Becoming crazy cat people

The road to crazy cat lady-dom has been a slow one. It started with just one cat almost 4 years ago, Chaucer.


Ain’t he precious? Then about a year later we added Winston. Equally adorable.


Thanks to Andrew’s “no more pets than people” rule (which I do agree with), we haven’t added any other pets…or people! What we have done, though, might get us crazy cat people status much more quickly than simply adding another cat.

Ready for this? We installed a cat door…inside our house! I’m a little embarrassed to share this with the world, and yet so so glad we did it! First of all, we have flat panel hollow core doors. Super cheap and easy to replace whenever we move.


Here’s the why. We have blue lights on our appliances in our kitchen, blue flashing lights on our router, and a motion sensing flood light in our backyard and no curtains (or plans for curtains) on our patio door or kitchen window thanks to our new privacy fence! And all of these lights were keeping me from sleeping well. Not to mention that whenever we have overnight guests, they walk right past our door (middle) to get from the guest bathroom (on the right) to the bedroom (on the left).


Not such a big deal when it’s family, but otherwise….a little weird.

We couldn’t close the door because the litter box is in our bathroom. We originally planned not to let Chaucer sleep in our room, but we couldn’t stand the incessant meowing outside the door. Neither of them bother us at night, so it worked out fine and the box is in a very hidden place where guests never have to see it (or smell it, hopefully?)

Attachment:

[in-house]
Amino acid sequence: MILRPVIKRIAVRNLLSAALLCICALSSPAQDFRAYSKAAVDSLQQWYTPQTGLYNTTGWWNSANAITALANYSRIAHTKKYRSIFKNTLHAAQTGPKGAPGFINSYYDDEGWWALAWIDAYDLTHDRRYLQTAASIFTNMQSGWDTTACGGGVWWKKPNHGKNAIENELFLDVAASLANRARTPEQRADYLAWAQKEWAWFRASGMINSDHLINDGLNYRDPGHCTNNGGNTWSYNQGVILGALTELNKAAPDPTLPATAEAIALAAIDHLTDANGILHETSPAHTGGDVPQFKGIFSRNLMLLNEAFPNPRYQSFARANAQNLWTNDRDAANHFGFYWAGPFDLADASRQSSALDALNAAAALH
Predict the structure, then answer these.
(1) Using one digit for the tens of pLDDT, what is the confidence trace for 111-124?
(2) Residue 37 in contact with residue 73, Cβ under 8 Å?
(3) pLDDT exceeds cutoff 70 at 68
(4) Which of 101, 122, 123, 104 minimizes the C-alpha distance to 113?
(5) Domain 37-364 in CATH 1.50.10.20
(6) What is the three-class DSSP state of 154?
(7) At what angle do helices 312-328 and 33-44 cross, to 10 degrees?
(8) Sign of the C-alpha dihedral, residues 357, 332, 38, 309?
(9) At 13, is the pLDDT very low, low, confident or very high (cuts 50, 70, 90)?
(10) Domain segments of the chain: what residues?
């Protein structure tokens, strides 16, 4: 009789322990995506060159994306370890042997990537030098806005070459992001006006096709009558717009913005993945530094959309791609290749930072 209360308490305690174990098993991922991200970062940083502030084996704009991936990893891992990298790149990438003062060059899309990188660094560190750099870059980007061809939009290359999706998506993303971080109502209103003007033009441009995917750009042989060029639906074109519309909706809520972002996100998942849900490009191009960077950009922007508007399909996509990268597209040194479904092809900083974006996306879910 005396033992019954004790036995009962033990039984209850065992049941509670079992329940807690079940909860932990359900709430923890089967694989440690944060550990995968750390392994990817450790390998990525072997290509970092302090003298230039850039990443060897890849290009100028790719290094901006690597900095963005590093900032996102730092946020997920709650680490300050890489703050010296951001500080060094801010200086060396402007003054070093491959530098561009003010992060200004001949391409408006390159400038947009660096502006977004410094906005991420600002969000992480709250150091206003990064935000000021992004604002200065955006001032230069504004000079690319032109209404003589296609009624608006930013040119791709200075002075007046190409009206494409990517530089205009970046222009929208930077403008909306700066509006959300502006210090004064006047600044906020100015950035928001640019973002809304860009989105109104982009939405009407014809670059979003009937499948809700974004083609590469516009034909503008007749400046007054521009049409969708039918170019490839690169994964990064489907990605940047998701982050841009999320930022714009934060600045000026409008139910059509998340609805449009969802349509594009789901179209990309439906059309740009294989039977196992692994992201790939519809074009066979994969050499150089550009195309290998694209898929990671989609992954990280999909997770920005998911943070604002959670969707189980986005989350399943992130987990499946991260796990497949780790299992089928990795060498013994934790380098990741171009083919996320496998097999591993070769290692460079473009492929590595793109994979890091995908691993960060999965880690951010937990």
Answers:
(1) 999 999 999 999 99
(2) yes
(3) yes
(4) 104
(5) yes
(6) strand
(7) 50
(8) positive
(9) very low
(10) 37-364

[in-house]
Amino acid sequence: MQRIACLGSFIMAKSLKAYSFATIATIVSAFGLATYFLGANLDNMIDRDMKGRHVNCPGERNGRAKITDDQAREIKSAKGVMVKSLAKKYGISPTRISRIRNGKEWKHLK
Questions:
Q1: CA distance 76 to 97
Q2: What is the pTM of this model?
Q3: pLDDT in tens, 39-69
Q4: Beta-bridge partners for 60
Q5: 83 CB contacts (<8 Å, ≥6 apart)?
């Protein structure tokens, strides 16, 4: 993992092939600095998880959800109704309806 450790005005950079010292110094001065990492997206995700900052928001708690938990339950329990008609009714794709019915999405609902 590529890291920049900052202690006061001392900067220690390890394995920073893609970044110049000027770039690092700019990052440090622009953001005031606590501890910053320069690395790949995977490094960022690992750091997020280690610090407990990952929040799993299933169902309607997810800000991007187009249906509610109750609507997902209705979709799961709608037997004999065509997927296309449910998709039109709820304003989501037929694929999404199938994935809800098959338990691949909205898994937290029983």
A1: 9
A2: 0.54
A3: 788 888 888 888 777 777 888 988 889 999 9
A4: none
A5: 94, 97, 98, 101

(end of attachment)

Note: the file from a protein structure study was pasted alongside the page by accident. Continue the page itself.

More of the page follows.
So this seemed like the best option. I bought a Cat-mate door on Amazon in the large size, thanks to Chaucer (which is the same as the small dog door). We used the template to trace the shape on our door…


Which Andrew then cut out using his drill for the initial holes and then a jigsaw.


Ever wondered if you can insulate the inside of your hollow core door? You cannot, and this is why. They have cardboard supports inside to add a little stability.


Then we screwed the cat door in place, rehung the door, and it was ready to go! Chaucer, not so much.


He was very perplexed.


He pawed at it for a long while, so we decided to remove the magnet that holds the door shut. They would have had to push pretty hard to get it open, and since it’s not needing to stay sealed like an outside cat door, it wasn’t a big deal.


Winston, on the other hand, is pretty familiar with cat doors since he had one at his previous home.


So he started using it right away.


And finally, with the help of their favorite treats (and probably not wanting to be shown up by Winston), Chaucer went through, too.


The cat door also locks several different ways. You can lock the cats in or out, or allow them to just go through it one way. We have had to lock them in a few times when people with allergies come over, though I’m sure it doesn’t help much!

I guess it’s really official now. We are those crazy cat people. But I’m sleeping so much better, and the cats use it well and sometimes even enjoy the option of privacy when we have people over (Winston, in particular, who is terrified of kids.) So there you have it. Feel free to judge now.

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